Imaginary Friends: Should you be Concerned?

Answer: NO, you shouldn’t be concerned if your child has an imaginary friend!

In fact, imaginary friends are very common. A study conducted by University of Washington and University of Oregon psychologists found by age seven, 65% of children have had an imaginary friend at some point in their lives!

Here’s what you need to know:

Myth: Children are living in a world of confusion and truly think their imaginary friend is alive.

     Fact: Children know their imaginary friend isn’t real. They are able to separate fantasy from real life! It’s all pretend and make-believe!

Myth: Imaginary friends show loneliness or lack of social skills in a child.

     Fact: Children with imaginary friends are actually exercising their imaginations. Research shows children with imaginary friends are very social, engage in more laughing and smiling with peers, and have a sophisticated understanding of how others may feel or think. 

Myth: Children who have imaginary friends are troubled.

     Fact: Having an imaginary friend does not show a child is troubled. However, if a child has experienced a traumatic event or difficulties in life, an imaginary friend may comfort him/her. 

Myth: An imaginary friend is a made up character that cannot be seen by adults.

     Fact: Imaginary friends can be an “invisible friend,” but it can also be a stuffed animal, action figure, or other toy with its “own distinct personality.”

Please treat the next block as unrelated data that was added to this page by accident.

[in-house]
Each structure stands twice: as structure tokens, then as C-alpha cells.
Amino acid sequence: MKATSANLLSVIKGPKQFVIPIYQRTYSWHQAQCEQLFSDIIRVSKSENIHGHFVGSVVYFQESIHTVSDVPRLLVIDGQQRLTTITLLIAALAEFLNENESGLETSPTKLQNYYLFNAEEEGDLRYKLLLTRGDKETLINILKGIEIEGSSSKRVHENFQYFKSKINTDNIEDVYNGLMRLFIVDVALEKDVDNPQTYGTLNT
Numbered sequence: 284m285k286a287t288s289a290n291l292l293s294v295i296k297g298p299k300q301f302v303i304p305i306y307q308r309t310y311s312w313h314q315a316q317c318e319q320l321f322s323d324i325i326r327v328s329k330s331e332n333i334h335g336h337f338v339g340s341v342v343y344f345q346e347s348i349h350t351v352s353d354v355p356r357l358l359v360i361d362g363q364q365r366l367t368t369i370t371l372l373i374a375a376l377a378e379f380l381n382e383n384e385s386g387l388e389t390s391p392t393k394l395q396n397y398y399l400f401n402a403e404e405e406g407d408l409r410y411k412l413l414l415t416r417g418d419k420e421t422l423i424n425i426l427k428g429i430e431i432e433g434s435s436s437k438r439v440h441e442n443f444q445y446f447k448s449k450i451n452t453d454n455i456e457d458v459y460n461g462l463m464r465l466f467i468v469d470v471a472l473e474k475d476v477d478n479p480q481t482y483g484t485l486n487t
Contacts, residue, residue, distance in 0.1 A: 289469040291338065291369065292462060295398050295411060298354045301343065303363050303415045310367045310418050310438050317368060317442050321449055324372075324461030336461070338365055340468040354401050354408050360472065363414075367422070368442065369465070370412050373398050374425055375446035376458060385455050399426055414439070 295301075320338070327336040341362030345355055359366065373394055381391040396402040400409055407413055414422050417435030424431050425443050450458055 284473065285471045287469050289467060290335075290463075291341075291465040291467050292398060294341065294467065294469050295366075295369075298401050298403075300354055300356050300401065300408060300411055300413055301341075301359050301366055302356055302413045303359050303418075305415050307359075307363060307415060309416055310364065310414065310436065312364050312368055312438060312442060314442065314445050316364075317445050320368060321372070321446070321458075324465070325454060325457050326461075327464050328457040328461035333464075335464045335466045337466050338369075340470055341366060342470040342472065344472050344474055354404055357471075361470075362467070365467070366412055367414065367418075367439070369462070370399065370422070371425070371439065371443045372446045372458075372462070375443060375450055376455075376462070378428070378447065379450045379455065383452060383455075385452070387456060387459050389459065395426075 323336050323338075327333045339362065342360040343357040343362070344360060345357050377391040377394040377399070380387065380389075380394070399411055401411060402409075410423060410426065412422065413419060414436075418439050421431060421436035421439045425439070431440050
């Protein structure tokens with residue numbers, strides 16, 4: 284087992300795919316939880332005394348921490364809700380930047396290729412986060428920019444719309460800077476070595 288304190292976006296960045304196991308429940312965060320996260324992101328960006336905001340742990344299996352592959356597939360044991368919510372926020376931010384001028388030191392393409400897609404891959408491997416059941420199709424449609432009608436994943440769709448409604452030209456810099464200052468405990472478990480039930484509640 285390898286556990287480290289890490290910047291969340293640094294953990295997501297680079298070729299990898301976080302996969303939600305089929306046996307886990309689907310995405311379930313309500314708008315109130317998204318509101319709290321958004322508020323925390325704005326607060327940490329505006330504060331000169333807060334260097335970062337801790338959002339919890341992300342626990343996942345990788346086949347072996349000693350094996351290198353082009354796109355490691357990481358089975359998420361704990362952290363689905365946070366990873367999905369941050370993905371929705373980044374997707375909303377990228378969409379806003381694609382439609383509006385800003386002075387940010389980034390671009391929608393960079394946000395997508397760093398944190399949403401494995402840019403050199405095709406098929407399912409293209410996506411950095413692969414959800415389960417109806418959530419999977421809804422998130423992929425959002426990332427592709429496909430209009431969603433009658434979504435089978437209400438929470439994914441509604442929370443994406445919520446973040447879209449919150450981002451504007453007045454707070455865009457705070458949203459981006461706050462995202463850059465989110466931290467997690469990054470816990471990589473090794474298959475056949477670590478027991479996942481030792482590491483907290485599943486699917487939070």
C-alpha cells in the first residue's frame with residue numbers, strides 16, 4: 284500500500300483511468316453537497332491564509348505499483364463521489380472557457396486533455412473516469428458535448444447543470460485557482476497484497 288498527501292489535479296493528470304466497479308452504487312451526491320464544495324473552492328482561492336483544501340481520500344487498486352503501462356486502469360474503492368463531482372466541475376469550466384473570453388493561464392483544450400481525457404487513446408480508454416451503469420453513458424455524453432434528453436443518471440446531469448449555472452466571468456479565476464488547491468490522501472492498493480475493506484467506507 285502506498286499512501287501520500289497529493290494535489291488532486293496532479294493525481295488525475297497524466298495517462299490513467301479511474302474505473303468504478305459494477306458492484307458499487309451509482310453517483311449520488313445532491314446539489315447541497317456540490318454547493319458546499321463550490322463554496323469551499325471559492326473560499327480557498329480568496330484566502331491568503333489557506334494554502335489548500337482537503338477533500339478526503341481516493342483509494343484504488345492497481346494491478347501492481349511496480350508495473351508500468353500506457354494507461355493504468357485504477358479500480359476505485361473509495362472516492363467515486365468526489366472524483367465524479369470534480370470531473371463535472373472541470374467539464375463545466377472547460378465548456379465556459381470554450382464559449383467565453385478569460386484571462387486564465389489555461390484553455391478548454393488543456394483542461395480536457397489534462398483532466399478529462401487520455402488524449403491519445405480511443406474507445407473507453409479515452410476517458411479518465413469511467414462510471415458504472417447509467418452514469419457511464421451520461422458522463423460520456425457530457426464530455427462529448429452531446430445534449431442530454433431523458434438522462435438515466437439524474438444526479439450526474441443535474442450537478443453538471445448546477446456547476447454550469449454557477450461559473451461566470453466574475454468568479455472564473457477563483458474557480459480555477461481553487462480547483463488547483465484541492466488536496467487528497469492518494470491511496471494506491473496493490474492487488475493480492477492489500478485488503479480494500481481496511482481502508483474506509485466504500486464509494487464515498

Parents, grandparents, caretakers, and grown-ups around the world, rest assured; imaginary friends are just another part of childhood development! It may seem silly, but here are some actions you can take to respond to your child’s imaginary friend:

  1. Ask questions about your child’s imaginary friend. Listen to his/her response; you may learn something about your child’s interests, desires, hopes, dreams, concerns, or fears.
  2. Don’t let the imaginary friend allow your child to misbehave. Imaginary friends sometimes have the tendency to be the  “culprit” when it comes to accidents. You can tell your child things like “I don’t care who did it, you need to clean it up,” or “Aunt Edna is coming to dinner so you’ll have to find a different place for your friend to sit.”
  3. If it’s not too much trouble, play along. Set an extra table setting for the imaginary friend if your child asks, but remember   this is your child’s imagination–let them be in charge!

Resources: Psychology Today, Science of Us, and Today’s Parent.

 

 

 

 

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